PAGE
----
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Benen Huntley
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Location: South Australia
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I think I understand. Thank you so much! Back to sketch up to redo the design 😊
 
Benen Huntley
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Location: South Australia
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Peter, in your specifications the pchannel must be 54x16mm, however, in your sketchup of the sidewinder it is 26x56mm. Is this not so important to get correct?
 
Peter van den Berg
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Benen Huntley wrote:Peter, in your specifications the pchannel must be 54x16mm, however, in your sketchup of the sidewinder it is 26x56mm. Is this not so important to get correct?

Both sidewinders on the batchrocket site doesn't have a p-channel, but a floor channel instead. The p-channel is an overhead device, the floor channel is incorporated in the floor of the firebox. Both secundary air channels work in different ways, that's why they aren't the same. It's perfectly possible to have a p-channel in the sidewinder by the way, although I'd regard the floor channel as the better one.

In short, it is equally important to get correct, but you'd better not to mix up two different concepts.
 
Benen Huntley
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Ah right. I assumed they were the same just in a different location. So I will keep it as is in the sketch and

I feel like I am getting much closer and I can't thank you enough for your willingness to help!

Before I go further. I'd like to clarify that a 150mm system is indeed the suitable size for the space in the sketchup file? It's a kitchen, living and dining. Larger than I'd like but it's what we have 😊
 
Peter van den Berg
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Benen Huntley wrote:Before I go further. I'd like to clarify that a 150mm system is indeed the suitable size for the space in the sketchup file? It's a kitchen, living and dining. Larger than I'd like but it's what we have 😊

Impossible to say, very dependant on what low winter temperatures are at your place, orientation to the sun and wind chill, to name a few aspects. To get a rough idea, revert to the calculator of Yasin Gach. See http://batchrocket.eu/en/building#size
 
Benen Huntley
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Hmm. Looks like the 8" is the more suitable option for the volume of the house. Particularly since you mentioned that it is always better to size up rather than down. I believe I can fit it into the space and gain most of the extra ISA by extending the height.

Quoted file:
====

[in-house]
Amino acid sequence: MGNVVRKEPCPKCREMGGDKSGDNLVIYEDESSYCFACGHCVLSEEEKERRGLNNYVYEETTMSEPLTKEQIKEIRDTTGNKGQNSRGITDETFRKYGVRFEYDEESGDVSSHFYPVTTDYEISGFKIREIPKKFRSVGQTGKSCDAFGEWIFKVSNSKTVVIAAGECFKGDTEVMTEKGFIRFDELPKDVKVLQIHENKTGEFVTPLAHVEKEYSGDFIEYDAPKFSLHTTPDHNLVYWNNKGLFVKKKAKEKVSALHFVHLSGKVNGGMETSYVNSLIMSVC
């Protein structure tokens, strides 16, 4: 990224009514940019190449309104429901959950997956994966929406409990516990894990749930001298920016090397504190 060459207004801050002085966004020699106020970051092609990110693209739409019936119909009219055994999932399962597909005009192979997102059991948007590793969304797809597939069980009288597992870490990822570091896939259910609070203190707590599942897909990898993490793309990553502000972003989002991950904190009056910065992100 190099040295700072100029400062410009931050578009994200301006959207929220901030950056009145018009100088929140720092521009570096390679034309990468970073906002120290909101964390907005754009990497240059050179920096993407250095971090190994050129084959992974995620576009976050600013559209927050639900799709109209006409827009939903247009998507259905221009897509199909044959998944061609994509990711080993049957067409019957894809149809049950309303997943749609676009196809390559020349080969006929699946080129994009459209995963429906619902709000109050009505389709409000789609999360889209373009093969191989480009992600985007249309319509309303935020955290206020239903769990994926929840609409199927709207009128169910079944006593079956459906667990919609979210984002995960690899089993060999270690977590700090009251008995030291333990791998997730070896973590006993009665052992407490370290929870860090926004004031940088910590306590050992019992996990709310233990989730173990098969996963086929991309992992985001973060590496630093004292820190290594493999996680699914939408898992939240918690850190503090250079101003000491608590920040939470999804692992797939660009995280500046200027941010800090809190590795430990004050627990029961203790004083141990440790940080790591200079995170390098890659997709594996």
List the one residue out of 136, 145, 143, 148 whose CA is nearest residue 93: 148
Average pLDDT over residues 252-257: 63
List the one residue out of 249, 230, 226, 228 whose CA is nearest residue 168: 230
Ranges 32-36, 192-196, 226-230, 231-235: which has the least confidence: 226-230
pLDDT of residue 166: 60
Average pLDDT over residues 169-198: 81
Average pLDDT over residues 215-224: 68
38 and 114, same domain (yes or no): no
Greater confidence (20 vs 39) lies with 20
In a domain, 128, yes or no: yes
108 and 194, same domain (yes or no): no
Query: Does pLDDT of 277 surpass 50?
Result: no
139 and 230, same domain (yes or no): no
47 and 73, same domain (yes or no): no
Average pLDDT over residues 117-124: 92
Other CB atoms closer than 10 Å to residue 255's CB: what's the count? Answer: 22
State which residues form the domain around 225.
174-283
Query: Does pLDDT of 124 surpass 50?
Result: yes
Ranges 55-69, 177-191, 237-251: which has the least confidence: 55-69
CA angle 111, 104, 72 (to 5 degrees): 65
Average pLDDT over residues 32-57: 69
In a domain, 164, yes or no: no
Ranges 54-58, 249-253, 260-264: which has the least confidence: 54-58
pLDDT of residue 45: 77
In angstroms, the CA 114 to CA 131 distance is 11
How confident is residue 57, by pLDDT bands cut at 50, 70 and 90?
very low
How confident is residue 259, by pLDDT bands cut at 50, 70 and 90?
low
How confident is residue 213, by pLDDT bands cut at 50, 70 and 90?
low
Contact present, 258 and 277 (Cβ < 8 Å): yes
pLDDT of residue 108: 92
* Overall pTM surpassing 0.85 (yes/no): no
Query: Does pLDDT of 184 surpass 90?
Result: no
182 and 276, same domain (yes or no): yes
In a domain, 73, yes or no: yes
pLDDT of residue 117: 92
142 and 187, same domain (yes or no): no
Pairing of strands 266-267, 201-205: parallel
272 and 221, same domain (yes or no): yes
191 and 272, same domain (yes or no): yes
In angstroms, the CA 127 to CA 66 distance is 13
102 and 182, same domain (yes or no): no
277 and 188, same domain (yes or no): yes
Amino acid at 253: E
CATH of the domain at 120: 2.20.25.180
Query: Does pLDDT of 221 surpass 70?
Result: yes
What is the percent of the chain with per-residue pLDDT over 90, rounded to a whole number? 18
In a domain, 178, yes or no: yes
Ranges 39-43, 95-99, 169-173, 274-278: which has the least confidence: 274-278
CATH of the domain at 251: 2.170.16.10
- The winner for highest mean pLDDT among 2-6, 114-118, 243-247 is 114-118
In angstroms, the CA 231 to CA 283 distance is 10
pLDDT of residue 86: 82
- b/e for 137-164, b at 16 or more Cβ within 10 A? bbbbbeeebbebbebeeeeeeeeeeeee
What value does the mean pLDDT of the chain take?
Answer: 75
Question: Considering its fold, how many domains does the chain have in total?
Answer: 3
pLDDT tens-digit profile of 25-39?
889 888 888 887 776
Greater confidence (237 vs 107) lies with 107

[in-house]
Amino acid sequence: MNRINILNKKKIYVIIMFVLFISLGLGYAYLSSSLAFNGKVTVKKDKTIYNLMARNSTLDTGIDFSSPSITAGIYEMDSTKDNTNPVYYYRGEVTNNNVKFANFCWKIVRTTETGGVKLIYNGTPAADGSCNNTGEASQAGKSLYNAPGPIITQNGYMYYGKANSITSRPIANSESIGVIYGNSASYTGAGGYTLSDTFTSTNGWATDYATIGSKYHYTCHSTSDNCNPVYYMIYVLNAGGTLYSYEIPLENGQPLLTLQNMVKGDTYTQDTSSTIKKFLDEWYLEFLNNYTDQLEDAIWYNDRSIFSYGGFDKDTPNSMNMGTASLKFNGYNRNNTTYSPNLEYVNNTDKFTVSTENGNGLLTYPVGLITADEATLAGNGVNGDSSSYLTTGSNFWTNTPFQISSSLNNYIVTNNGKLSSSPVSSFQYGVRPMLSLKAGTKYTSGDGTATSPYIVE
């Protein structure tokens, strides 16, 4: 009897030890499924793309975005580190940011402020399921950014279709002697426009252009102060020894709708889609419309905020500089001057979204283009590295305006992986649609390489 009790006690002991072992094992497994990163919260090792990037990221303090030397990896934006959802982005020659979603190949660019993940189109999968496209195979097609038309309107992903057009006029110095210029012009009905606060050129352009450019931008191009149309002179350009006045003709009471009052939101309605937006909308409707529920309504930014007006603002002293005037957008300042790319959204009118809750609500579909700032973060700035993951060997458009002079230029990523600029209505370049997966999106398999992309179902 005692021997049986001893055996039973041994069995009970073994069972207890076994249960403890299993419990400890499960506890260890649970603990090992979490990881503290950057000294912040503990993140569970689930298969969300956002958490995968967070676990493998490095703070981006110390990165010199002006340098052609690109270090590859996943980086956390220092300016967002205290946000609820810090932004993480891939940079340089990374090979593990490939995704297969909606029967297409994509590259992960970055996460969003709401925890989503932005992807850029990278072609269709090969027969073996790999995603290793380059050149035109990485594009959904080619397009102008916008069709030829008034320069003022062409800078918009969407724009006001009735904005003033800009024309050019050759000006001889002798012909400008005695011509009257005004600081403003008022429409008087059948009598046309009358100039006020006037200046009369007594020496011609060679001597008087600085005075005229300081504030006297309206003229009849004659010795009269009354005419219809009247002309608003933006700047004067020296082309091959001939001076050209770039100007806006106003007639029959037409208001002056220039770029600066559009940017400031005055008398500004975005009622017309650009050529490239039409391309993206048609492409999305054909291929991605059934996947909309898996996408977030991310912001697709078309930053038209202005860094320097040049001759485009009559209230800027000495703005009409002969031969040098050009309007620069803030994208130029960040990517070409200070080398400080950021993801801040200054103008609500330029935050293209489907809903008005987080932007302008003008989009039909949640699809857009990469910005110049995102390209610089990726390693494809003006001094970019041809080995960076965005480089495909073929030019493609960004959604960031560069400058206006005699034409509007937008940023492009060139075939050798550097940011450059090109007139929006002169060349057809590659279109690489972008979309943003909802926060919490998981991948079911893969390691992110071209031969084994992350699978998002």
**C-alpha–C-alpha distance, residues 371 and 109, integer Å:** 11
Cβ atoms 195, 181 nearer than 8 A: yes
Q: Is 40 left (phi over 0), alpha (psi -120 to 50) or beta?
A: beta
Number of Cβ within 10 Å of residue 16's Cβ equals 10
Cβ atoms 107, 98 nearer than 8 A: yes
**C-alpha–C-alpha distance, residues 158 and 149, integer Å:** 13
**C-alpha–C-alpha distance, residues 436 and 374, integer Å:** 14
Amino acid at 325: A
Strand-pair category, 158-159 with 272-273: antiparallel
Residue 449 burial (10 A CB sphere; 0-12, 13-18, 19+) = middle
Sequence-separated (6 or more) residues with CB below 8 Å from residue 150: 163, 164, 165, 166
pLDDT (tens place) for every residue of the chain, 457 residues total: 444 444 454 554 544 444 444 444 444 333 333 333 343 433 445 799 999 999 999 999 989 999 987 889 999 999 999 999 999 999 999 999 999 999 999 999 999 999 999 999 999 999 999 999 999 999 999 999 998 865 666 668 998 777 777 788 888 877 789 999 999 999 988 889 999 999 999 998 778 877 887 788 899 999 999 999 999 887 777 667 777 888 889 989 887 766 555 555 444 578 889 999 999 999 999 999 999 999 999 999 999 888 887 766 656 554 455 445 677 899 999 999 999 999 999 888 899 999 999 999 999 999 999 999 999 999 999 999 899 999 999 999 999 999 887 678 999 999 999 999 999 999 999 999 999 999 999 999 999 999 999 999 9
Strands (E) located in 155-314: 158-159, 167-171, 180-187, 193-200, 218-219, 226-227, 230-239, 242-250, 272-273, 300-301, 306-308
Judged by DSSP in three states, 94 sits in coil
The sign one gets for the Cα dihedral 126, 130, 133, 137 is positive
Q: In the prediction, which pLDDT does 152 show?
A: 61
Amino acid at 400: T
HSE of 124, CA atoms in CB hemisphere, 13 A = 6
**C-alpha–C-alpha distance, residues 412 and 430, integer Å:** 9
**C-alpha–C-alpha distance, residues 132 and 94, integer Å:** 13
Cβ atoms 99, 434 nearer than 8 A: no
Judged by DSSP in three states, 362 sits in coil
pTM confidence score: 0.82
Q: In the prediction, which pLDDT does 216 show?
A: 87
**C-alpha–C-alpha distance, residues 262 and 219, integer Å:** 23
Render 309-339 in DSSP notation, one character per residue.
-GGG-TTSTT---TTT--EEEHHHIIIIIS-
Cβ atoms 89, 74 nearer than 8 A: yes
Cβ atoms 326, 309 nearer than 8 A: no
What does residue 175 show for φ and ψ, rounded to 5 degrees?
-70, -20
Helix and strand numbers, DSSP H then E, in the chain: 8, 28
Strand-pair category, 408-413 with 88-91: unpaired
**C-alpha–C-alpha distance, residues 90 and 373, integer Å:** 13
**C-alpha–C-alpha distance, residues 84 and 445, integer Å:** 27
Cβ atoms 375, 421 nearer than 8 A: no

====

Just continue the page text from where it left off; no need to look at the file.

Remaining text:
Back to sketchup
 
Peter van den Berg
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Benen, you've drawn the heater as a single bell with the exhaust pipe sticking out the side. This isn't really necessary, another way to do it is to build a brick upstream channel inside the bell and create a top vented heater. This results in more mass and a bigger bell externally. There's a catch here: the exhaust opening in the upstream channel need to be very wide, up to 200% of system size if that would fit. Such an internal chimney opens up the possibility of a bypass, which would start a cold and wet heater much, much easier.

Did you read the thread at Donkey's, about a bell inside a bell? See http://donkey32.proboards.com/thread/2260/bell-inside
 
Benen Huntley
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Hi Peter,

I don't quite understand unfortunately. I did read the article but it read as though it has not been tested a great deal or at all?
 
Peter van den Berg
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The thread I mentioned was quite separate from what I said about the internal upstream channel in the bell. The "bell inside a bell" is a new untested idea as yet but a tantalizing possibility, that's all. As far as I know of the first one is built or being built this week.

The internal upstream channel and the bypass valve in there is built dozens of times and it works for sure.
 
Benen Huntley
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Ah right. What do you suggest I alter with my current design then? Build mass around the exhaust?
 
Peter van den Berg
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Hmm... I wasn't clear enough, apparently. What I like to call an upstream channel is a brick chimney inside, in a corner of the bell. Two of the sides of that internal chimney would be formed by the walls of the bell. At floor level, still inside the bell, there's a wide and spaciously opening where the gases will be able to stream up.
This way, the exhaust opening is on top instead of low at the side of the bell. And you could build the heater wider at the place where the metal chimney pipe would go.

As an added bonus there could be also a bypass halfway up this internal chimney thing, to allow gases to stream in the chimney at a higher level. Thus making the heater much easier to start when cold.

is this clear now?
 
Glenn Herbert
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Another term for the concept is a "plunger tube", more often referring to a metal exhaust duct going from near the floor of a bell straight up and out of the top. It does the same thing, allowing only the coolest gases at the bottom of the bell to exit, while not occupying any space around the outside of the bell.
 
Benen Huntley
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Location: South Australia
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Ah man, I have had absolutely zero time to sit at the computer the last couple of weeks to play around. We have been renovating like crazy in the living area plus working two jobs! I will try to find some time this week!
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